In creating its media and technology guidelines, the department drew from educational research and best practices from schools across North Carolina, many of which had components of what became the IMPACT model already in place. Yet few had the full complement of staffing, hardware and software, connectivity, and professional development/collaborative planning necessary to change the building-level culture and practice into a 21st-century teaching and learning environment. In 2003, the state decided to launch the IMPACT model and test its effects using federal research dollars and grant money for school districts available through Title II-D of the No Child Left Behind Act and the US Department of Education’s Evaluating State Educational Technology Programs grant. The Title II-D competitive money paid for the technology positions; the state was already funding the media coordinator; local or state dollars picked up the cost of the media assistant. The grant money also paid for the hardware, software, connectivity, and professional development that were aligned to the North Carolina Educational Technology Plan.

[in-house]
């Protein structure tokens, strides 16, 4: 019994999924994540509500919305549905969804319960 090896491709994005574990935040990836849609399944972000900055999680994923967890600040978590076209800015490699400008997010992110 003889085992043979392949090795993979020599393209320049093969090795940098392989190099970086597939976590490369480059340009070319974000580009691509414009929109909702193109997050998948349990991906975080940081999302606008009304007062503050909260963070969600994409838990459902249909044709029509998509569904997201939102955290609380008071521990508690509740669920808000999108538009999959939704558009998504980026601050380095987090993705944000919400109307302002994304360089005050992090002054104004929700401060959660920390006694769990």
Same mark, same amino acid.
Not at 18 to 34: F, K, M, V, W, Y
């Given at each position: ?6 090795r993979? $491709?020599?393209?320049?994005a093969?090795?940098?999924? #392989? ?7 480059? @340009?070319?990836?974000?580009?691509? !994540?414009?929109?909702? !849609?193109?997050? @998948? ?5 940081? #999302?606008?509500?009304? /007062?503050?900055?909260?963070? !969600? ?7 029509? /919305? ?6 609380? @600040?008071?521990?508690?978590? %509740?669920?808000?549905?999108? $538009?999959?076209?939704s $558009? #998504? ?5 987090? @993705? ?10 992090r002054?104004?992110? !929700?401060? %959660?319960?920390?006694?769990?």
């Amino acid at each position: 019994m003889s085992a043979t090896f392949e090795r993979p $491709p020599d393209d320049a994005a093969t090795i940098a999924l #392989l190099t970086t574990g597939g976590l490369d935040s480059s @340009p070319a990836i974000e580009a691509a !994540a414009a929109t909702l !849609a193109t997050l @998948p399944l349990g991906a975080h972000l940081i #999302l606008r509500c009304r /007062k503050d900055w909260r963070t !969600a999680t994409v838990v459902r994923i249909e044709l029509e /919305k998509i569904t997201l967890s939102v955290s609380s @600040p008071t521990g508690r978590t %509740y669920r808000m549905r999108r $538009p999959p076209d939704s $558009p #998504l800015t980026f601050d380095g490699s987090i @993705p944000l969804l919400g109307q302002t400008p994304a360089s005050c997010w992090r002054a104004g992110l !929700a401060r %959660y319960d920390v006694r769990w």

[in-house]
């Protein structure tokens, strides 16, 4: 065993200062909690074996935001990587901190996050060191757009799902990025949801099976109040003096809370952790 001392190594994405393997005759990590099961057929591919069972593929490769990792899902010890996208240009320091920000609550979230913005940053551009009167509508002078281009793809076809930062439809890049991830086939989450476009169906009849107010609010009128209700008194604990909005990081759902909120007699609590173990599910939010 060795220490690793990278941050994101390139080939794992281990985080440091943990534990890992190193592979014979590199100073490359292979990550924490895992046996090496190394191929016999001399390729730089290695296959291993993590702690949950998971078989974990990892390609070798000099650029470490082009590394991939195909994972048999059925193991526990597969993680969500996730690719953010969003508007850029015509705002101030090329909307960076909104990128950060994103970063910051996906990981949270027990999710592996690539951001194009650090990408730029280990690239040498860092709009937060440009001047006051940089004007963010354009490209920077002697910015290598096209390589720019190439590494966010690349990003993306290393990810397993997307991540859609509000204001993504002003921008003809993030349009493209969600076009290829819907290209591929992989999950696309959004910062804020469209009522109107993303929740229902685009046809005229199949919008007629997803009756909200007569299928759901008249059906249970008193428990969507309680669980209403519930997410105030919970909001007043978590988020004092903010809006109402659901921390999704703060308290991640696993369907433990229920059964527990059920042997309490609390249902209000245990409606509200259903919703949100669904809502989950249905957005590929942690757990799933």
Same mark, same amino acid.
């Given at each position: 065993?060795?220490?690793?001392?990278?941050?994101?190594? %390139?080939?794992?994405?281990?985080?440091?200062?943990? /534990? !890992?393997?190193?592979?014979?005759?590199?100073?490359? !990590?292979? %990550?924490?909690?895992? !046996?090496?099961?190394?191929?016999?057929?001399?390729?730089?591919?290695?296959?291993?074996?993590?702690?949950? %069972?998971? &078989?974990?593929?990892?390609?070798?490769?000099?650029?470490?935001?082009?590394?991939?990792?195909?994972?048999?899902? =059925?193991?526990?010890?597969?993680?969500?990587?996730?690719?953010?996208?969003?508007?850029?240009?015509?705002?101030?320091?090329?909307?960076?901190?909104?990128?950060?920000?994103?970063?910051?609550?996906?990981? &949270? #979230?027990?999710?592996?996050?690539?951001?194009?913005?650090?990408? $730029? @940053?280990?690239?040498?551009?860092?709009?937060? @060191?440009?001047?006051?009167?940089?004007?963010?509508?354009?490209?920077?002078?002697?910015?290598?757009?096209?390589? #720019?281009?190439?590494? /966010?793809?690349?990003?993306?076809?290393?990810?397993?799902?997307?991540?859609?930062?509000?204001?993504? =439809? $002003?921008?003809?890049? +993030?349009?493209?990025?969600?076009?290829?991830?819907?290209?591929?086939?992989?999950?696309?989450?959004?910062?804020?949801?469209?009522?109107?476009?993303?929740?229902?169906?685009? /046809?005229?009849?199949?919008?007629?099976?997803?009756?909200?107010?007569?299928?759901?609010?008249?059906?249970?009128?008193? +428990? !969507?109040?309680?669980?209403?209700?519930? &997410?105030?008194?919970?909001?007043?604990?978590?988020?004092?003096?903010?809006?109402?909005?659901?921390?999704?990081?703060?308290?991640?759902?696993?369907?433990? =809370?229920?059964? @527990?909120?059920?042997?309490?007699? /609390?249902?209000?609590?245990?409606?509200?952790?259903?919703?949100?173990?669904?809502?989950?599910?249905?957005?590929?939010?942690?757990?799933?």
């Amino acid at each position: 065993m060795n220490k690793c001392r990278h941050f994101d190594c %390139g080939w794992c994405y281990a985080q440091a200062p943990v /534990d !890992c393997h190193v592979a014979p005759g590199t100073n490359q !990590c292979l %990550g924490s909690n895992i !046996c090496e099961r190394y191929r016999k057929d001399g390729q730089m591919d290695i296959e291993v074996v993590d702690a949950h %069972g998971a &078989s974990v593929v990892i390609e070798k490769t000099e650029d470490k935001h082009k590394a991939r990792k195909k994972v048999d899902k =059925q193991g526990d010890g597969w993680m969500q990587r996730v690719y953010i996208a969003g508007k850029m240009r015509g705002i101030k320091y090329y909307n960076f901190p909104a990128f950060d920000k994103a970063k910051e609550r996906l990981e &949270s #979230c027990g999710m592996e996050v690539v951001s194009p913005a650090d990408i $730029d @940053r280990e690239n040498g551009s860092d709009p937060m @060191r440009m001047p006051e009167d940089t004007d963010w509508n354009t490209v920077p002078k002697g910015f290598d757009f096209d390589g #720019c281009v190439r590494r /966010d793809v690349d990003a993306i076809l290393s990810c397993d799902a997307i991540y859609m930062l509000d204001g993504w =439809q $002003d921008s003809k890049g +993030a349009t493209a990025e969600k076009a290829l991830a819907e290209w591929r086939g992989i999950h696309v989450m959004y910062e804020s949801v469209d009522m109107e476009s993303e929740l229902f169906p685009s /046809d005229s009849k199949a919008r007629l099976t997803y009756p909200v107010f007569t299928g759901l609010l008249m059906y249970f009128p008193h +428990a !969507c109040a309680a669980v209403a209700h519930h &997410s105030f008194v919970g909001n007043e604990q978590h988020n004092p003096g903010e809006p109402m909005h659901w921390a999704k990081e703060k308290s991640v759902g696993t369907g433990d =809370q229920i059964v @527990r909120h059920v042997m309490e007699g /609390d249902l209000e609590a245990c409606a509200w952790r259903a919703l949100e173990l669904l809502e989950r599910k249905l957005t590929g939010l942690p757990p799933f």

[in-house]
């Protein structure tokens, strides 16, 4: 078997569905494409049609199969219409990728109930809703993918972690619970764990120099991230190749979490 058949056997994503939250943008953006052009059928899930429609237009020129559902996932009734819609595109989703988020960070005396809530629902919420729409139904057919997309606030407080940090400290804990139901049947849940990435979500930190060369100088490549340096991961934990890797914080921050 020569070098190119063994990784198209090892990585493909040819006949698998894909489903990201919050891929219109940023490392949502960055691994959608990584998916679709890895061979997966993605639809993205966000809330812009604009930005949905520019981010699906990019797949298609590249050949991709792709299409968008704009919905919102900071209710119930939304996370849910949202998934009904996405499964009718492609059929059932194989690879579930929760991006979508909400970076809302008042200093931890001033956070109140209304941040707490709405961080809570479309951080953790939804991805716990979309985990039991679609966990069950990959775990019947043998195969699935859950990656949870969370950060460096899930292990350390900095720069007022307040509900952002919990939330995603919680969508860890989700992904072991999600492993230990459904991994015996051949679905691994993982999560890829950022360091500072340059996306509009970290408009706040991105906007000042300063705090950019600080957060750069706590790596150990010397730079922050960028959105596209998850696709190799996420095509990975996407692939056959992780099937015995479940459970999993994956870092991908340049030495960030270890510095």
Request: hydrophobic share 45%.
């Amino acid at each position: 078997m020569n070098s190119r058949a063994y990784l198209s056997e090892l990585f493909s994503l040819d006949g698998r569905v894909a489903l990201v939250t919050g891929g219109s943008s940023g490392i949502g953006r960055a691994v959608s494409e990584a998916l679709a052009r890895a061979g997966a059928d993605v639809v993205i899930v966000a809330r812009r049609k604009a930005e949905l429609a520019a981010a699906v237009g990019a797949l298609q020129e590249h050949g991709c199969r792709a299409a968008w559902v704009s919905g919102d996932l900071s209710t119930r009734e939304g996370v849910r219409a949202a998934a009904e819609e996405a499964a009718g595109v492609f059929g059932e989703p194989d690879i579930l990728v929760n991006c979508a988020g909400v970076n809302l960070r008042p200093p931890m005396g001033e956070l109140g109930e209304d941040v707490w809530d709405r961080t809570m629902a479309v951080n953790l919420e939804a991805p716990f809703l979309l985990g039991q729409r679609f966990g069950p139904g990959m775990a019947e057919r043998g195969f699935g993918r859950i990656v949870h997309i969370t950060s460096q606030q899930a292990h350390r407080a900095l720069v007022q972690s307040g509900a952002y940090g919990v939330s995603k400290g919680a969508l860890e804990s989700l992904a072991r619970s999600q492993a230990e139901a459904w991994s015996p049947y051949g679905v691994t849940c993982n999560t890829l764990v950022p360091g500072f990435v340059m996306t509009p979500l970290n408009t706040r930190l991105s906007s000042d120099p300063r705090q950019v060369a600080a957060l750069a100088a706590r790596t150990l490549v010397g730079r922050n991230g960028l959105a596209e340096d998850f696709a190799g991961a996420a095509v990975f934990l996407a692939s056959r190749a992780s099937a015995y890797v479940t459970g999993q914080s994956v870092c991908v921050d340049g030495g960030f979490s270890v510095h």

Teachers were leaving the school as quickly as they could. It was acommunity that many considered hopeless—that considered itself hopeless.
—Sandra Farmer, Williford Elementary School, on the conditionsat her campus before the IMPACT program was implemented

Eleven North Carolina schools were selected to implement the model through a competitive grant process, and each had its own unique problems to solve. How are things working so far? With their teachers trained in all of the new technologies the project has provided, and prepared to integrate those technologies into their lessons, students are more engaged in their work, their performance is improving, and, in parts of the state that needed it, there is hope for a better life that only education can provide. All told, there’s no mistaking the benefits of providing professional development that shows, rather than merely tells, teachers how a technology is used, and backs it up with ongoing support from a team of professionals. As seen in these case histories from across the state, IMPACT is living up to its name.

Setting an Example